LOGAN, W.Va. — In his U.S. Senate campaign kick-off event Thursday, former Massey Energy CEO Don Blankenship told the crowd he is a West Virginian who cares about the state’s future.

“When the media says Don doesn’t understand or that he cannot relate, you can be sure that is not the truth,” he said in front of a teleprompter. “The truth is that you and I and most West Virginians share common bonds. All of us share strong bonds whether we are rich or whether we are poor or whether we are somewhere in between.”

Blankenship faced no opposition from the nearly 100 people at the Chief Logan Lodge, Hotel and Conference Center. They welcomed Blankenship with applause and eagerness to help his efforts to win the Republican nomination and defeat Democratic Sen. Joe Manchin.

Blankenship was released from prison in May 2017 after serving a one-year sentence for conspiring to violate federal mine safety standards. The guilty conviction was in connection with the 2010 explosion at the Upper Big Branch Mine, in which 29 miners died.

The former coal executive is on probation until May 9 and resides in the Las Vegas area.

“All elected politicians live most of their time in Washington, D.C. It’s the caliber of the person that they are sending to Washington, D.C., not where he goes for a home or part of the time,” he told reporters following Thursday’s event.

Blankenship’s campaign has focused much of its attention on targeting the U.S. Mine Safety and Health Administration’s investigation into the disaster, going as far as calling investigative efforts a cover-up.

“The explosion was a natural gas explosion. It was not a coal dust explosion, and the families’ loved ones were not the cause of the explosion,” Blankenship said. “If any human being was, it was the leadership of the Mine Safety and Health Administration.”

MSHA reported in December 2011 a methane ignition caused the coal dust explosion, adding safety violations including the intimidation of workers and advance notice of inspections were factors in the disaster.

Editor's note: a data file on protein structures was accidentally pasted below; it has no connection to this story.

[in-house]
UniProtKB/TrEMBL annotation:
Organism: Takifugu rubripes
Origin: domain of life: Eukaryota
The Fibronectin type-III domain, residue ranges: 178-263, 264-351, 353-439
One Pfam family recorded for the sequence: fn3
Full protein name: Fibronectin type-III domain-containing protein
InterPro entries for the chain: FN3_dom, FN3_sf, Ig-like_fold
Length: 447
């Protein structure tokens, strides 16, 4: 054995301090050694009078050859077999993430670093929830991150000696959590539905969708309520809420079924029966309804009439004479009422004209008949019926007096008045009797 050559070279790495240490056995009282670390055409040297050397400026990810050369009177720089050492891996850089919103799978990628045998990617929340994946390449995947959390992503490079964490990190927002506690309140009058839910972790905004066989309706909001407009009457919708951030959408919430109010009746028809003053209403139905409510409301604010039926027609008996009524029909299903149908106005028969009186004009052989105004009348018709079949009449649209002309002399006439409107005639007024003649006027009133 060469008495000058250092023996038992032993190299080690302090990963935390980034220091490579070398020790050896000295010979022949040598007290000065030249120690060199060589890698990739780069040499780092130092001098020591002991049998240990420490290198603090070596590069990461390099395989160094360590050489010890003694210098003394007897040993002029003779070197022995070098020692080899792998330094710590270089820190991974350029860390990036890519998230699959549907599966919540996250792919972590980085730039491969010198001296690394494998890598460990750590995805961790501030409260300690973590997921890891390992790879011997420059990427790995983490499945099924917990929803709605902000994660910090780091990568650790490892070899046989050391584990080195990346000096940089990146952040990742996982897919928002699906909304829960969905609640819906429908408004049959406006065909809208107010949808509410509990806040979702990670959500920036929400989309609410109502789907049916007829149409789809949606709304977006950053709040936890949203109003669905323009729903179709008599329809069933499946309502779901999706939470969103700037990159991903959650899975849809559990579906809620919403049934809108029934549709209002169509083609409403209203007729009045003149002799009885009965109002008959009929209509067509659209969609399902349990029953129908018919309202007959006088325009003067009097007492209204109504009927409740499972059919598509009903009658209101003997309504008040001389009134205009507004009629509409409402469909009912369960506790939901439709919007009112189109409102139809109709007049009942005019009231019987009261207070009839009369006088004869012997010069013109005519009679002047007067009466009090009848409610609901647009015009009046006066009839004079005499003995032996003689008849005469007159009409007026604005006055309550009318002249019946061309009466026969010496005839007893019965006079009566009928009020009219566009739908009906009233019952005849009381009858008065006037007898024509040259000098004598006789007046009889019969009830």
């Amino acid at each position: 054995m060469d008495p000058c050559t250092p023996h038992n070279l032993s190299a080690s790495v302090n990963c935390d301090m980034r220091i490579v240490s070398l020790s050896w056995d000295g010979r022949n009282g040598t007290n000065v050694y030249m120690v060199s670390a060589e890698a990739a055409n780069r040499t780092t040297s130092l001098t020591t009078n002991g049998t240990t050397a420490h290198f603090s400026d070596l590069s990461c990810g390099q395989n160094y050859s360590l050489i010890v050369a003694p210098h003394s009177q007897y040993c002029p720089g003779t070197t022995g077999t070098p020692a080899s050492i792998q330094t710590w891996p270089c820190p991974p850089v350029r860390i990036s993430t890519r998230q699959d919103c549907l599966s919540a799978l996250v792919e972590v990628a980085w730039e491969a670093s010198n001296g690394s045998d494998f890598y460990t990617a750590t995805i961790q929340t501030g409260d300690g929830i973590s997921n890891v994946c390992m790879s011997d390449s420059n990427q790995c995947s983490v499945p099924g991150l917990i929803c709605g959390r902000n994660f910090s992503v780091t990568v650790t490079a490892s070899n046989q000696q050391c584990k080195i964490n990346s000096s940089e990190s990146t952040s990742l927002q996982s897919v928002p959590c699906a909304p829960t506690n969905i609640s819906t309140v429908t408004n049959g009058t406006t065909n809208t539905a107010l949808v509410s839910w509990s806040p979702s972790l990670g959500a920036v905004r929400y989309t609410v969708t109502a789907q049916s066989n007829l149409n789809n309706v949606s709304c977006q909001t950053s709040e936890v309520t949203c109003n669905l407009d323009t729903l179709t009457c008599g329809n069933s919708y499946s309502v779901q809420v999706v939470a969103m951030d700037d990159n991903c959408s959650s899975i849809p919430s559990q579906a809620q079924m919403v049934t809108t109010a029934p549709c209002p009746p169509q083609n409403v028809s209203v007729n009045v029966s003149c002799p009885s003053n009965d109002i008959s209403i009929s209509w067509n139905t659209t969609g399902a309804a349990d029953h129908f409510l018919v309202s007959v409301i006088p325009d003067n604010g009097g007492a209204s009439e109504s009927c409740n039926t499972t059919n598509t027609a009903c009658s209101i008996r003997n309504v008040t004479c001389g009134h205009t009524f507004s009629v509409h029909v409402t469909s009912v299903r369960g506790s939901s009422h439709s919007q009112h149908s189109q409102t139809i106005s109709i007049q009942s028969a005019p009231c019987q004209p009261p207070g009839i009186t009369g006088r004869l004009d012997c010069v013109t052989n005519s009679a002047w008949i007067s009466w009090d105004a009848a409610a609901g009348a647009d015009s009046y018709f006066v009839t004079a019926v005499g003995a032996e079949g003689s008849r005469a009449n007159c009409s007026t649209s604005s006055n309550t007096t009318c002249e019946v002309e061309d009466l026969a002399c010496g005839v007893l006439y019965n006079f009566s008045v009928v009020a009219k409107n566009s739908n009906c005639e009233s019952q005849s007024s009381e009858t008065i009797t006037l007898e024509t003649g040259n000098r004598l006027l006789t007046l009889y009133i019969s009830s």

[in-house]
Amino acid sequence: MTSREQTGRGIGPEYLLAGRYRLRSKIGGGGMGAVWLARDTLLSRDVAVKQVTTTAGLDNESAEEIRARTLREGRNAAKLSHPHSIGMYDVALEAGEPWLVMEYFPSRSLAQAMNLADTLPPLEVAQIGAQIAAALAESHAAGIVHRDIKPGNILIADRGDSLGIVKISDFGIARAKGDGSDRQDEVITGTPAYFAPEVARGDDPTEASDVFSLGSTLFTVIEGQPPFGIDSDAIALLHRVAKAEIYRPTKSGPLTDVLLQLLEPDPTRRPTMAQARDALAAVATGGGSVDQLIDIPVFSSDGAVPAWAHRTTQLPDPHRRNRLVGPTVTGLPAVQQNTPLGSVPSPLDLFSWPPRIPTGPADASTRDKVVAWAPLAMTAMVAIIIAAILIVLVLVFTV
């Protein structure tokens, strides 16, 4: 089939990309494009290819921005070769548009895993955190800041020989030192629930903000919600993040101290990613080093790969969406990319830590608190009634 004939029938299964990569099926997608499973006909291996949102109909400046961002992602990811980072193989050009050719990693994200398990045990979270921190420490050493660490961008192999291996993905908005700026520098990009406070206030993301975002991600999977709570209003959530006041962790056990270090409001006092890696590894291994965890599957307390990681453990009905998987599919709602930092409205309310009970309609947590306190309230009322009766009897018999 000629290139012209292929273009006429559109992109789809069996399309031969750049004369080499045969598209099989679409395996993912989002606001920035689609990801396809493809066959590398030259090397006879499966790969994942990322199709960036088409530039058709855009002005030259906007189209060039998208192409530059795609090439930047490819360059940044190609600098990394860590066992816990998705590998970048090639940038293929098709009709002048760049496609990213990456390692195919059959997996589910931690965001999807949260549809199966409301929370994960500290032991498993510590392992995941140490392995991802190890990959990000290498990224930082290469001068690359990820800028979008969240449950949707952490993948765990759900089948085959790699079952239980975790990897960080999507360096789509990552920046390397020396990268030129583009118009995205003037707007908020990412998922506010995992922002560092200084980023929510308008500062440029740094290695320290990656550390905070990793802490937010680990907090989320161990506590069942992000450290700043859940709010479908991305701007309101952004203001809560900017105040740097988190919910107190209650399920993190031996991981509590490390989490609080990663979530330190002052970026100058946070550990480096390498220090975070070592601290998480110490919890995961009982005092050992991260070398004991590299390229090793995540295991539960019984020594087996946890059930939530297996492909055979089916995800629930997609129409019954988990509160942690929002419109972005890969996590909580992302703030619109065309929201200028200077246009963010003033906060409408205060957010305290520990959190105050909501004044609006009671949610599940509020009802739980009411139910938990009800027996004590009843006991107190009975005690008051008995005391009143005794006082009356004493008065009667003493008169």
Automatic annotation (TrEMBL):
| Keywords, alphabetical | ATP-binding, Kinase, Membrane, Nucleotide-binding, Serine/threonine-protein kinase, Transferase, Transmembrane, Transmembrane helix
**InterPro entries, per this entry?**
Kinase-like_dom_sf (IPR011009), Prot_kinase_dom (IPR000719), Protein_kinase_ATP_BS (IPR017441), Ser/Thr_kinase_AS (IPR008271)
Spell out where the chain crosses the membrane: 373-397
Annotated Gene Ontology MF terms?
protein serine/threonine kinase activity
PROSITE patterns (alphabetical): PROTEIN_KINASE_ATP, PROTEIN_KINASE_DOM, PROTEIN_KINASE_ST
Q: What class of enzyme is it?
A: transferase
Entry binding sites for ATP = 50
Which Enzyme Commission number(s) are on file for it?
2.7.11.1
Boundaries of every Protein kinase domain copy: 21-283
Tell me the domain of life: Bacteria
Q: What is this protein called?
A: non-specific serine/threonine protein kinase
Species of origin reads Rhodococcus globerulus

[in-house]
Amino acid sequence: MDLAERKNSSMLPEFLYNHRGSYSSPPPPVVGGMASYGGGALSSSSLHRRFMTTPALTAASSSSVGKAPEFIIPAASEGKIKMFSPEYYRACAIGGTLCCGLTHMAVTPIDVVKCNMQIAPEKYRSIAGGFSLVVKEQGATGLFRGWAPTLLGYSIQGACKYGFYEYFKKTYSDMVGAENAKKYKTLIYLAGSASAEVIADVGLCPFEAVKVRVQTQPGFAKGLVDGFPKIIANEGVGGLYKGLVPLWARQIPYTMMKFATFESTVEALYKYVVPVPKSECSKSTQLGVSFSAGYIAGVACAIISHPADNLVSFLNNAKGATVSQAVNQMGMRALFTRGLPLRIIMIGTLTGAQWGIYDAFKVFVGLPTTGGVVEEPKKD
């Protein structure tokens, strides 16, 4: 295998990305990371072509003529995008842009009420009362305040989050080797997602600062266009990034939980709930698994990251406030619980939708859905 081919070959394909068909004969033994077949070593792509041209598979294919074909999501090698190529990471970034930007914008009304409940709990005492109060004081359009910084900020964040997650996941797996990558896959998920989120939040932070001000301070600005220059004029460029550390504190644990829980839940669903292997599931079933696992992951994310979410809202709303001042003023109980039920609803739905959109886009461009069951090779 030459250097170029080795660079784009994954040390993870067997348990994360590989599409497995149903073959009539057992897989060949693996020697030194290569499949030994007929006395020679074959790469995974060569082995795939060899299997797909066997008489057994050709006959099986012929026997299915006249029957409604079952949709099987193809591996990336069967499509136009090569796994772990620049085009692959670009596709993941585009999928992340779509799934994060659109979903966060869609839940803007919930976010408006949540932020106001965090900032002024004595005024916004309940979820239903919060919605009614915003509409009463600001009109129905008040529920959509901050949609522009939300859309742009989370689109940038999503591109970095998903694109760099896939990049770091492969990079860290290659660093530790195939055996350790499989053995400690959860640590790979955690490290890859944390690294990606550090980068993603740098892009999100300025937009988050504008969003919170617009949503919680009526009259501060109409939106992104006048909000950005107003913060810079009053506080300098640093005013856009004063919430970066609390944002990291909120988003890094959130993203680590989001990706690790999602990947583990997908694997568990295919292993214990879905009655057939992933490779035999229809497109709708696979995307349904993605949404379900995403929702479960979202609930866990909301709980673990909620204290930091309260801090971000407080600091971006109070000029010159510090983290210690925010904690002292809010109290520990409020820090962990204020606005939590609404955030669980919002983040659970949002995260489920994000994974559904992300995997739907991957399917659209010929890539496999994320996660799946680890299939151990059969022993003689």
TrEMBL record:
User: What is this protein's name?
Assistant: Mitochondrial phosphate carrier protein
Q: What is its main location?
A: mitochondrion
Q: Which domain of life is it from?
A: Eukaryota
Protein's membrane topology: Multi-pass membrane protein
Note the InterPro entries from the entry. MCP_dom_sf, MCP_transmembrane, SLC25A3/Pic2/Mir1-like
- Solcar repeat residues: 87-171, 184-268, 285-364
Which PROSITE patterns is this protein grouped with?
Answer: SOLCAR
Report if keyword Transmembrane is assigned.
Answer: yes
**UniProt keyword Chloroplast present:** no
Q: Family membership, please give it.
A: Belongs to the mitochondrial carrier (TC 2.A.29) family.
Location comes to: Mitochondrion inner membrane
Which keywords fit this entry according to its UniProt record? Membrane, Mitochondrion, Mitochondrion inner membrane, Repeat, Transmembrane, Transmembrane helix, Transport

Politifact rated the Blankenship campaign’s claim as “Pants on Fire,” noting there was “no substance” to the argument as the campaign failed to provide any supporting information.

Gwen Thomas, of Staunton, Virginia, said she has doubts about the final report regarding what happened at the Raleigh County mine. Her brother, Grover, was among the miners killed.

“He was afraid. He did not want to go back,” she said. “I know it was the ventilation. Just give me the emails.”

Thomas is supporting Blankenship, and starred in a September advertisement he funded requesting President Donald Trump, as well as Manchin and Sen. Shelley Moore Capito, R-W.Va., release information regarding air flow and natural gas at the Upper Big Branch Mine.

“The last several days before Grover died, he told me that MSHA had changed the ventilation plan and he was afraid,” she said. “The day before the explosion, he told me, ‘I do not want to go back. I am afraid.'”

The Blankenship campaign’s recent advertisements have focused on his community efforts, and feature coal miner Danny Muncy and Pastor Mike Bostic who speal highly of Blankenship’s record in regards to safety and community work.

“Don has a big heart,” said Sue Hatfield, of Red Jacket. “I don’t think that Don would have sent those men in that mine if he had known there was a danger of them not coming out.”

Blankenship spoke about multiple political issues — from illegal immigration to tax reform — but all of his points went back to supporting President Donald Trump’s agenda. This included building a wall on the United States’ southern border to passing tax legislation.

“It has never been my goal to be a politician. In fact, people that know me would think it’s impossible,” he said to the crowd. “But I do know how important it is to improve our economy and grow our job market. I understand the pain that lack of jobs causes.”

Blankenship told reporters after the event West Virginia’s change from being controlled by Democrats to Republicans has made the state better for businesses, though the results of the change have not been seen yet.

“The thing now is to make sure that they know the state’s federal representatives are also in favor of business development in West Virginia, and they are not going to be slandered and so forth when they come here,” he said.

Blankenship added West Virginia coal will come back “to an extent” as the result of increased steel production for infrastructure projects. The coal industry currently faces tough competition from a growing natural gas industry, and employment in coal mining declined from 178,000 people in 1985 to less than 52,000 workers in 2017.

Blankenship is in a packed race for the Republican nomination and opportunity to challenge Manchin, the likely Democratic nominee; U.S. Rep. Evan Jenkins and business owner Tom Willis have already filed with the West Virginia Secretary of State’s Office to run, and state Attorney General Patrick Morrisey and former coal miner Bo Copley have been campaigning since last year.

The primary election will be held May 8, a day before Blankenship’s probation will conclude. The general election will take place Nov. 6.

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